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Many pet parents consider their dog or cat to be part of the family, and a growing number are choosing to take out a pet insurance policy that helps cover some of the cost of medical care.

Determining which pet insurance company and policy is the best for you is challenging, given the wide choice of both. Our step-by-step guide walks you through the process. Keep reading to learn more.

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Steps to Buying Pet Insurance

We’ve broken the process of buying pet health insurance down into six consecutive parts:

1. Research insurance providers

You can enroll with established national insurers such as Nationwide, MetLife, Progressive, Liberty Mutual and Allstate or check out a host of pet-only insurers such as Fetch, Trupanion and Healthy Paws. Animal advocacy group ASPCA also sells its own policies.

Some carriers do not write policies in every state, district and territory. Enter your zip code on the get-a-quote pages on their websites to see if you’re eligible where you live.

An excellent place to start your research is with our best pet insurance companies list. You’ll find in-depth reviews of our top picks in the pet insurance market, including some of the companies mentioned above.

If you have car or homeowners insurance, check if the insurance company also sells pet insurance. They may offer a bundling discount for enrolling your pet.

2. Get multiple quotes

Surveying the price of policies quickly reveals the extent to which pet insurance premiums vary by breed, age and insurance company. Some companies charge twice or more as much as some competitors to insure pets of the same age and breed.

You should, then, get quotes on coverage from at least two or three insurers. Get these by visiting the providers’ websites and entering information about your pet — or pets, plural, since some companies offer multi-pet discounts. The process shouldn’t take more than a few minutes per company. You’ll then be able to compare providers and get the information to begin deciding which might be the best choice.

3. Compare coverage benefits

Once you have a shortlist of providers within your budget, it’s time to take a closer look at the coverage.

Generally speaking, pet insurance plans cover most accidents and illnesses as long as the issue is diagnosed and treated by a licensed veterinarian. That said, a company may cover more conditions than others in certain areas, or do so in differing ways. Those minor differences in pet insurance coverage may help dictate which provider is your final pick.

Benefits that vary per provider include coverage for prescribed foods, alternative therapy, behavioral modification and dental illnesses. Some companies also offer coverage against the loss or theft of your pet (from $150 to $1,000 in reimbursement, depending on the insurer).

4. Pick the deductible

A deductible is the portion of the veterinary bill you must pay out-of-pocket before the pet insurance company begins making reimbursements. Most insurers offer a variety of annual deductibles, ranging as low as $100 and as high as $1,000. With annual deductibles, if you don’t reach your deductible before the end of the year, the insurance company will not reimburse you at all.

Picking a deductible involves both calculation and some guesswork, and your choice will heavily affect pet insurance cost. Pick an amount that's too high and you’re at higher risk of not benefiting from insurance in a particular year, depending on your pet’s health. On the other hand, a deductible that’s low will increase your premiums exponentially.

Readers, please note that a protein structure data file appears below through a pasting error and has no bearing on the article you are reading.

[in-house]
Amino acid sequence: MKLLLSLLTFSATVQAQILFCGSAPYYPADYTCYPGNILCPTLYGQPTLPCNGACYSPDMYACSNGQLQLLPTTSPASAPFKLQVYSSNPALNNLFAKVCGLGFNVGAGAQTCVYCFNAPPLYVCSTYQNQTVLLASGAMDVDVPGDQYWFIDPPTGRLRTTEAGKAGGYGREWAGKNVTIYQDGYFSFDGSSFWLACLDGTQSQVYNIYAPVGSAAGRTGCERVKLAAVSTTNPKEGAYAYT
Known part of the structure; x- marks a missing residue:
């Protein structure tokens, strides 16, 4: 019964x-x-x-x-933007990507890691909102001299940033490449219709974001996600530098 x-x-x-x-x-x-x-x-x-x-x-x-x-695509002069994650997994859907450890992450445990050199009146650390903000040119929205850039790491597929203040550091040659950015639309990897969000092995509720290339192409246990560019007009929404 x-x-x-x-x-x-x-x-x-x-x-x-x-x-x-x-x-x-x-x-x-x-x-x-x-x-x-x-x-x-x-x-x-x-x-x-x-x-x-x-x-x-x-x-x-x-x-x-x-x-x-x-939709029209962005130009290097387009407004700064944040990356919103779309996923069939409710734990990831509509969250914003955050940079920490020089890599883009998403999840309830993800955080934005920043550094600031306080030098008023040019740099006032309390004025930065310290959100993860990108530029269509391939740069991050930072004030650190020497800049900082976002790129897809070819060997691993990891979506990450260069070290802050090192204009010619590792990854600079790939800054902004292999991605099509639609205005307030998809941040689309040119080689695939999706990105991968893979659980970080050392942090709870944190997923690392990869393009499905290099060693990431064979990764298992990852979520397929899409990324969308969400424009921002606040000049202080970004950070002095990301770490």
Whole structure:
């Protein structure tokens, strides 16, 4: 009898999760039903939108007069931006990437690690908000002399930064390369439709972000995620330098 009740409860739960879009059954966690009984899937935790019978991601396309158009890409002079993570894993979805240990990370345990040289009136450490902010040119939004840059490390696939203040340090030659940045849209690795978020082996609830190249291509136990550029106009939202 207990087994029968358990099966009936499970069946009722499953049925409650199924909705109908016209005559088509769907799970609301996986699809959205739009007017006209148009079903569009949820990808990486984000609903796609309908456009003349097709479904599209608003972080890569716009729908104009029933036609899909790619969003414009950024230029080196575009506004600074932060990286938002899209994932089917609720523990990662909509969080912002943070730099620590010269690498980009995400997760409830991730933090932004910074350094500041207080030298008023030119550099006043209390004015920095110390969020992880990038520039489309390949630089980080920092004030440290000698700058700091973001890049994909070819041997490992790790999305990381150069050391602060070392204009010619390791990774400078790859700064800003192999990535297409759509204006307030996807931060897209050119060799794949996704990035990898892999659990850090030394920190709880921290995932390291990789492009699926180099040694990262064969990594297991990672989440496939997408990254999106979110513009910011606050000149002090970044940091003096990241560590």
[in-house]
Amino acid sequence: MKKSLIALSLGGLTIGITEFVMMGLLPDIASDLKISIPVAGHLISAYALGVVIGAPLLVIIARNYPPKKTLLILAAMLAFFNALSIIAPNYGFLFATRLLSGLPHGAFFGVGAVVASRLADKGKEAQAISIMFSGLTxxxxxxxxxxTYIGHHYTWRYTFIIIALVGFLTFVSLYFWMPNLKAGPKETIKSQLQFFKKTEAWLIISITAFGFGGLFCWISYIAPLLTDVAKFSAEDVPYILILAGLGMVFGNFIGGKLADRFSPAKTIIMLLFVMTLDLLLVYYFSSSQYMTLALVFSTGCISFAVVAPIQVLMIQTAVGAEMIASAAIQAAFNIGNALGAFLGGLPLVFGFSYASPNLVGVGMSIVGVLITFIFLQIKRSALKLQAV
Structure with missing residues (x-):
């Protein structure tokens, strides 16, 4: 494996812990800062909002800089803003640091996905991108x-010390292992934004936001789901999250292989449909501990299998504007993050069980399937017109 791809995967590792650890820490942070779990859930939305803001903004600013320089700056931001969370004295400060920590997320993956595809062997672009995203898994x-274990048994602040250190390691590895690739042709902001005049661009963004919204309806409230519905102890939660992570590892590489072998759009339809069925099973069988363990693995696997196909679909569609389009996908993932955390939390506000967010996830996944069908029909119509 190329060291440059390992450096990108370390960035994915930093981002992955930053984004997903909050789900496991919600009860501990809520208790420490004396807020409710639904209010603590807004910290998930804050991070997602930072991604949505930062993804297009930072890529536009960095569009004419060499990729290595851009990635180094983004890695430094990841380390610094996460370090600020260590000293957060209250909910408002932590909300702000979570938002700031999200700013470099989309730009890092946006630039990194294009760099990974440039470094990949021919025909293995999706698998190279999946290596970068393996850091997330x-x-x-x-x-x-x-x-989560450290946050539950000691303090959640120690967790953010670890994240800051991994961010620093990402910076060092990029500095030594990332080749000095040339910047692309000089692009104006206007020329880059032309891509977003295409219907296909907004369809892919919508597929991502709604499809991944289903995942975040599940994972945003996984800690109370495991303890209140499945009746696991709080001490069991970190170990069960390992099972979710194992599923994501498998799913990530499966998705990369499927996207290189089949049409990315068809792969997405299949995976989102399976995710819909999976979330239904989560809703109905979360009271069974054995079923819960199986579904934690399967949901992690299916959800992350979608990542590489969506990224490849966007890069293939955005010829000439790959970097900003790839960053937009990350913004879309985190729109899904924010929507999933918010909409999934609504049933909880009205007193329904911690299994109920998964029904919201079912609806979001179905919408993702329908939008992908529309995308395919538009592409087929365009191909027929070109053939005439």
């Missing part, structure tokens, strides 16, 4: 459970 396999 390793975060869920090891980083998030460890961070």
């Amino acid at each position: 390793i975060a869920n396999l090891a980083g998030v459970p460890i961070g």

Our advice is to consider a deductible that’s on the high side. That, we’ve calculated, may result in the highest bang for your buck, in terms of both premiums and likely payouts for the policy. Indeed, it's one of the surest ways to save money on pet insurance.

Another alternative — albeit not a common one — is a lifetime deductible per condition, meaning there is a fixed deductible for each covered medical issue. Once you reach that figure for the particular condition, the insurance company will cover up to its reimbursement limit for the rest of your pet’s life.

5. Select the reimbursement rate and limit

Reimbursement is the amount the insurance company will pay back after you file a claim. Two reimbursement-related decisions are required:

  • The percentage of bills you’ll be reimbursed. The higher the percentage you choose, the more money you’ll get returned from each bill, but the higher your premium. Most companies offer various reimbursement options ranging from 50% to 90%, with a few offering 100% reimbursement.
  • The maximum you’ll be reimbursed. This is the largest amount the insurance company will reimburse to you, usually on an annual basis. The limit can be as low as $2,000 or as high as unlimited — that is, without any cap at all. The lower the limit, the less expensive the premium, as a rule.

6. Enroll with the provider of your choice

The last step is to sign up for coverage. Fortunately, most insurers allow customers to complete the entire enrollment process online. If you’ve already requested a quote, there’s a good chance your application is still stored on the company’s website. If so, all you need to do is to decide on your payment frequency and submit payment information.

As with other forms of insurance, you’ll likely be able to choose whether to pay your pet’s premium monthly or pay 12 months upfront at a slightly discounted rate.

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What you should know before buying pet insurance

The section below summarizes what you need to know before purchasing a pet insurance policy, from its cost and coverage to the policy's terms and more.


Pet insurance costs — those for dog insurance, especially — can be significant. An accident and illness policy — the most popular type of coverage — typically costs between $35 to $70 per month for a dog. Cat insurance costs less, as a rule; expect to pay between $20 to $35 for accident and illness coverage. (Naturally, the actual premium you’ll pay will vary by a host of factors.)

Within species, mixed breeds are typically the least expensive to insure. Purebreds can cost more to insure because of their propensity to certain genetically inherited conditions, such as hip dysplasia, or to risky behaviors, such as swallowing foreign objects.